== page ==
In this article, we examine the recent sexual assault case that was before the High Court in P-A-E v DR Beyers Naudes Local Municipality and Another (13 April 2021).
The plaintiff, a 23-year-old female, was employed as a Registry and Archives Clerk at Ikwezi Municipality. The Municipality was disestablished and replaced by Dr. Beyers Naude Local Municipality. She was sexually assaulted by her immediate supervisor. When she could no longer cope with her work situation owing to Post Traumatic Stress Disorder, she resigned.
On 16 March 2011, the plaintiff brought an action for damages for past and future medical related expenses, past and future loss of income, and general damages and contumelia, in the sum of R4,028,416.80 jointly and severally from the first and second defendant arising out of the sexual assault committed upon her by the second defendant during the course of his duties with the first defendant at the offices of the first defendant in Jansenville on Monday 16 November 2009.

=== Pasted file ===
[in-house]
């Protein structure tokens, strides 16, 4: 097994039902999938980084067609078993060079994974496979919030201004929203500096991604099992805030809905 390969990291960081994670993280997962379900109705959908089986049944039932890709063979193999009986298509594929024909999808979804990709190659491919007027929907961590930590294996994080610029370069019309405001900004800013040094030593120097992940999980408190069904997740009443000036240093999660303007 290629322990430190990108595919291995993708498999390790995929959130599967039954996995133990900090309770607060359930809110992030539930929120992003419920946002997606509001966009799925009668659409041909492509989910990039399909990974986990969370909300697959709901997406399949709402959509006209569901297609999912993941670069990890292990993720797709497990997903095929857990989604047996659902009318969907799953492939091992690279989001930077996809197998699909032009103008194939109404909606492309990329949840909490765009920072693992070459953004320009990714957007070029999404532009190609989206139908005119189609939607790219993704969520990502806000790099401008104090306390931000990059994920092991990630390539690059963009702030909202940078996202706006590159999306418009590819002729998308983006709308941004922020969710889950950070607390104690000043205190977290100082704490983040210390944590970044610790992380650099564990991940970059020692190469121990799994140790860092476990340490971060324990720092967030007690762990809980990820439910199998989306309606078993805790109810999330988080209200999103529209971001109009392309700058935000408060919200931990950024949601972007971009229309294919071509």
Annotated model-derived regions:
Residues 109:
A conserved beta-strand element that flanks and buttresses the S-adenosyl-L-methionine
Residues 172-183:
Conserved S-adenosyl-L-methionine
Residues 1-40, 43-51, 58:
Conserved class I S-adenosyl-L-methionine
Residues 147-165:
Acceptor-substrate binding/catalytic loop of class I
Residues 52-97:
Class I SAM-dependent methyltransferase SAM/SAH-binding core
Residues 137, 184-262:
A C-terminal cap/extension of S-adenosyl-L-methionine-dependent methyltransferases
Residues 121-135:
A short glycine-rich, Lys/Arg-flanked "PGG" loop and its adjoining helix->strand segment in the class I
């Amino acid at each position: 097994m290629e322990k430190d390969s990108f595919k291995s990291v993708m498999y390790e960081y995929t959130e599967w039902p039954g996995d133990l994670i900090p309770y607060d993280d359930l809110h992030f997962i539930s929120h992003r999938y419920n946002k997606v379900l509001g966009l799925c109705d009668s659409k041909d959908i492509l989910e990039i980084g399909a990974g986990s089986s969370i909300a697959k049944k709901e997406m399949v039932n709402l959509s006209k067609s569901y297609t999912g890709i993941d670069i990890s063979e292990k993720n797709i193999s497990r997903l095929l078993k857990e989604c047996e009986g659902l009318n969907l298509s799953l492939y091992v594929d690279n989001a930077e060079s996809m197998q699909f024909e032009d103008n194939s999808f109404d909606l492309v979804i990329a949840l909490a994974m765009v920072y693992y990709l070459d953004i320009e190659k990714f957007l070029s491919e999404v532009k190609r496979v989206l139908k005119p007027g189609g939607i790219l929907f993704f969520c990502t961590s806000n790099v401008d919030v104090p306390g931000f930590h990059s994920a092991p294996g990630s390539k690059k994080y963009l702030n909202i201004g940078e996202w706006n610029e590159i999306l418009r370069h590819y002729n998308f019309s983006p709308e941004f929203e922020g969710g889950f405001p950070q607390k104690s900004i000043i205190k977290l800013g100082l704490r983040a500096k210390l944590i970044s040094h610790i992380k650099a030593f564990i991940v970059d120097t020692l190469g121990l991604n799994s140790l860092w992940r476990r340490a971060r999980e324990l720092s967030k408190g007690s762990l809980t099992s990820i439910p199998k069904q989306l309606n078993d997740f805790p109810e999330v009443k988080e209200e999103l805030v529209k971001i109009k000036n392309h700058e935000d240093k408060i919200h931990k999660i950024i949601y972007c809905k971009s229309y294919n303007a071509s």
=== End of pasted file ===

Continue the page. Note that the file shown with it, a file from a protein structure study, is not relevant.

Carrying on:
At the outset of the trial before the High Court during October 2015, the issues of liability and quantum were separated in terms of Rule 33(4) of the rules of court and the trial proceeded on the merits only. On 31 March 2016 the court found the Defendants jointly and severally liable to pay the plaintiff such damages as she may be able to prove she suffered in consequence of the sexual assault upon her. The judgment of the court has been reported as PE v Ikwezi Municipality and Another 2016 (5) SA 114 (ECG) (First judgment).